HIV/AIDS

Kerri

Tag your bag for the journey: Medical bag tags

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If you’re an avid traveler, you know the importance of keeping tags on your luggage. One trip, I could not for the life of me find a luggage tag in my house! Fortunately my suitcase made it successfully through both flights, but I can’t say I wasn’t just a tiny bit nervous because it seemed like I was tempting fate! But, how well do you identify your medical items as yours?
 

medical bag with red ID tag

Certain items, like blood glucose test kits, zip cases for medications, oxygen tanks or compressor bags and CPAP machines, wheelchairs or walkers, or nebulizer compressors are important, especially when travelling. Any bags that contain medical supplies should be readily identified so that if they are lost, the urgency to return them and their contents is known. Our red medical ID key chains also double as excellent bag tags. I have one attached to my nebulizer bag—if someone finds it somewhere and does not know what it is, they will at least know that it is medical equipment, and hopefully take it somewhere where they will find a way to contact me and return my supplies! 
 
Most of us are very careful with our medical equipment—but, especially in the hustle and bustle of travel, things happen. By outfitting your equipment or medication bag with a medical tag, such as our bright red ones, you can have the peace of mind that anybody who finds your bag can get it back to you. A tag can also help people identify where to find the medication that you might need if you cannot get to it yourself. Our tags come in both plastic and aluminum versions, as well as a red-emblem stainless steel version. While all of our products are light, I have the plastic red tag on my nebulizer bag—it’s low profile and stays out of my way, but is bright enough to see when needed. Since this small carry bag for my neb stays within my carry-on bag most of the time, I don’t test the tag’s durability too much; however, if you are really rough on your bag (like I am on my backpack!) you may prefer the aluminum version for your journeys.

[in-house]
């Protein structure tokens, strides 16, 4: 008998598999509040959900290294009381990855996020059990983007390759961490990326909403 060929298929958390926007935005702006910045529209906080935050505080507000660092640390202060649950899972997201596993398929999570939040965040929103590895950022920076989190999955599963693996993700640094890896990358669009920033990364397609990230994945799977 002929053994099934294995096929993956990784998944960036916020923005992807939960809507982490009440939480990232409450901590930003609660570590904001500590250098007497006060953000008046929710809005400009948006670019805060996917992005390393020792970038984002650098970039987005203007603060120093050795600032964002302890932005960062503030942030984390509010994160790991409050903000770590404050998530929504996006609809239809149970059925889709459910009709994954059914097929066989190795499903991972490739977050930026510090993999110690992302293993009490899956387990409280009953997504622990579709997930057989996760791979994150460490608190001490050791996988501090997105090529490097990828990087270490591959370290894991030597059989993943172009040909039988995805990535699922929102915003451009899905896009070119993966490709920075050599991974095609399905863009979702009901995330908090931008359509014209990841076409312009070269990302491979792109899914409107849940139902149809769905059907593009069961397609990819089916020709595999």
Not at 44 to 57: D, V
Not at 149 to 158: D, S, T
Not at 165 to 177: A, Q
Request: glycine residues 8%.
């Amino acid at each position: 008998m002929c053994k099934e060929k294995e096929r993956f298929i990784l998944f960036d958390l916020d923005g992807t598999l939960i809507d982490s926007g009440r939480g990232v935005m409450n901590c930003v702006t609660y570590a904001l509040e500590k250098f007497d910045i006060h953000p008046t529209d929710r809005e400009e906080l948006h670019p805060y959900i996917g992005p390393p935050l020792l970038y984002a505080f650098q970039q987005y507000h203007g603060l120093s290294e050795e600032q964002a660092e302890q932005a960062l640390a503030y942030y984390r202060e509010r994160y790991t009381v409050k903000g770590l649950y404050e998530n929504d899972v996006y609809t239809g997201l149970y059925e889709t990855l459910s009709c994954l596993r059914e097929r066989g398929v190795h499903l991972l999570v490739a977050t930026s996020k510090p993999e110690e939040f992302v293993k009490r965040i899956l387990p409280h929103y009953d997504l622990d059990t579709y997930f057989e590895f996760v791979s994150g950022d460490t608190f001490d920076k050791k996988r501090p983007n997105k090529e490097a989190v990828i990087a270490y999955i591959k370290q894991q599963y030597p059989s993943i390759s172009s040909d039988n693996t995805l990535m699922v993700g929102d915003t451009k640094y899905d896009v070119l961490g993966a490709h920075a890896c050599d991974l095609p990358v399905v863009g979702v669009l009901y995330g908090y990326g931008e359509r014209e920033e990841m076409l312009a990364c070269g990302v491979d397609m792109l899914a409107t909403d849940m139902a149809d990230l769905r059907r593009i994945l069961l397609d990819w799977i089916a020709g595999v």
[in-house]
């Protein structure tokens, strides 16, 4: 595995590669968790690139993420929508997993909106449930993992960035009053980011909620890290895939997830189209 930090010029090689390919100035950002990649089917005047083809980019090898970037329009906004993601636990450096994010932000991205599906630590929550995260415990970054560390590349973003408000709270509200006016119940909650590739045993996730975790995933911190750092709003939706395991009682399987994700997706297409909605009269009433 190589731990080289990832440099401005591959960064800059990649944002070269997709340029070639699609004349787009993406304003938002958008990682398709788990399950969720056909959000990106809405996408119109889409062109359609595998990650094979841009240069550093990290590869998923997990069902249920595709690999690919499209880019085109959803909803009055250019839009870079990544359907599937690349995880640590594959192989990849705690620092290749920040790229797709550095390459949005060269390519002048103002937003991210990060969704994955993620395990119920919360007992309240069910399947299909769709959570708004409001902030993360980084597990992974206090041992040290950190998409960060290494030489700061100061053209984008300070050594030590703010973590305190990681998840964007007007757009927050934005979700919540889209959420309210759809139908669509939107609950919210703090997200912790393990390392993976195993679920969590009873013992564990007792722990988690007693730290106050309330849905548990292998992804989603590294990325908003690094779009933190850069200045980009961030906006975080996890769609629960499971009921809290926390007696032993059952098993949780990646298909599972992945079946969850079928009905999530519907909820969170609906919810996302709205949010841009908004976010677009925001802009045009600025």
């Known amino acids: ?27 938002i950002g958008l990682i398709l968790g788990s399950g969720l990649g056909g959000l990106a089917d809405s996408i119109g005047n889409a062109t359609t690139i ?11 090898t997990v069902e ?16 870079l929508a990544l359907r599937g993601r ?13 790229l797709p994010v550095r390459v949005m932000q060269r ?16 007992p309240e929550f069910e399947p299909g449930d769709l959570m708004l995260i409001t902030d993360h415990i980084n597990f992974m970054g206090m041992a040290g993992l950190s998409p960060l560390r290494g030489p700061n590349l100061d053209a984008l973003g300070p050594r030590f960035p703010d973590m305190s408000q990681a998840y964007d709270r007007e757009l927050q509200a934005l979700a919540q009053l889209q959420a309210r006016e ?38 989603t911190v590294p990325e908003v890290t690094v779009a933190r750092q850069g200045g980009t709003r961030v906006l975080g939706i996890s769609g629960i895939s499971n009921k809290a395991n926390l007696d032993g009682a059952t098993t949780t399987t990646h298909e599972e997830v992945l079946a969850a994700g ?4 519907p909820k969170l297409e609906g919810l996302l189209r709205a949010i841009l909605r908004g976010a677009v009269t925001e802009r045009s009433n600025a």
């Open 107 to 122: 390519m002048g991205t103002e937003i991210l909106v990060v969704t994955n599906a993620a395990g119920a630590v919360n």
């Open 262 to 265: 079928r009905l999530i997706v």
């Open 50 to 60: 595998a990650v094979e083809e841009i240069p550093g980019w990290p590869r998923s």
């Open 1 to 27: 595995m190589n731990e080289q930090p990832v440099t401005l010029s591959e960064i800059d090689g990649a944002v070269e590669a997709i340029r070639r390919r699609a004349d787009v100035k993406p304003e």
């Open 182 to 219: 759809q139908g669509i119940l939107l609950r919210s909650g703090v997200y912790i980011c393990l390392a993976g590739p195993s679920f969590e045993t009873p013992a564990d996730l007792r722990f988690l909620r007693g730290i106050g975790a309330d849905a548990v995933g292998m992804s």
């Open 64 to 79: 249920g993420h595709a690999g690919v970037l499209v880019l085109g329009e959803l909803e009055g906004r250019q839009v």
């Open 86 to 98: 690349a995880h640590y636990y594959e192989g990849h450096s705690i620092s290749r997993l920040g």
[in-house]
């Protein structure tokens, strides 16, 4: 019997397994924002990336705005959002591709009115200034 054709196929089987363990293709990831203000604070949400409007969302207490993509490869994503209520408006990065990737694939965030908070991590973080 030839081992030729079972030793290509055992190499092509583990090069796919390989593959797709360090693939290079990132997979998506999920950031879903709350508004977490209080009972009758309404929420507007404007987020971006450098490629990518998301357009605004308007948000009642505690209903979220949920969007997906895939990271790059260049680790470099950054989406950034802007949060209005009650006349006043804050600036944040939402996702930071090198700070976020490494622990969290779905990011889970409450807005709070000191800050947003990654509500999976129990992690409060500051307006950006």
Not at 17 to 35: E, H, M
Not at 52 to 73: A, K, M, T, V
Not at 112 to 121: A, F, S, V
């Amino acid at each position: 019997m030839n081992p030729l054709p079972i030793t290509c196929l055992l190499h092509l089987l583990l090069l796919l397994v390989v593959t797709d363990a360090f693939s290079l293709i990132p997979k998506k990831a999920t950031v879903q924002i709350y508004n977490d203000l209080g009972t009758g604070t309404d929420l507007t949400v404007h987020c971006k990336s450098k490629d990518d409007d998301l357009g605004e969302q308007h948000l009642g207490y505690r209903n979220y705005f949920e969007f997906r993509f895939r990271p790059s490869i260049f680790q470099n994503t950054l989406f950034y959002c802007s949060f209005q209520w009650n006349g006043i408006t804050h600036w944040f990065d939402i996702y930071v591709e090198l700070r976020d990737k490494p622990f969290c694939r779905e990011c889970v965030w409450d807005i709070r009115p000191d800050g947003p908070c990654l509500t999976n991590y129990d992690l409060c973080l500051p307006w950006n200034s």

And, unlike those those paper-insert plastic tags that sometimes only last one trip on your suitcase before the plastic cracks, these sturdy little tags will hold up to whatever you throw at them, just like the rest of our products. 
Kerri

November 21-28: HIV Testing Week Celebrates 5 Years

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There is a stigma associated with HIV that many organizations are trying to break. The Human Immunodeficiency Virus is treatable, and the best chances of successful long term treatment happen when HIV is detected when the body’s “viral load”, or presence of the virus, is low.
What is worse than being HIV positive? Well, I would think that being HIV positive and not knowing it is! In the case of HIV, the cliche is true—knowledge is power. Just as we now know HIV is not spread through casual contact with those who are infected, we also know that the sooner people who are HIV positive can begin treatment, the longer they can survive with HIV, as well as prevent transmission to others. Treatment is through with antiretroviral drugs—they do not “kill” the virus or “cure” the disease, but they do prevent growth of the virus within the body. [1]
The only way to be positive of your HIV status if you are sexually active, is to be tested for HIV. A simple blood test can be done to determine whether or not someone is HIV positive. And while the UK HIV Testing Week Campaign is aimed at Black African and the LGBTQ* (gay/bisexual MSM—men who have sex with men) communities, HIV testing is important for everyone who has ever been with a partner whose sexual history they are uncertain of.
HIV Prevention England and HIV Testing Week work to start the discussion about HIV testing, and promote more opportunities for HIV tests to be run, both in community clinics as well as in general medical care. Learn more about HIV Testing Week and HIV Prevention England this week, and take part in HIV testing if you want to be certain of your HIV status. The earlier you know, the better!
If you are HIV positive, wearing a medical ID bracelet can discretely alert medics to your status in case of an emergency.
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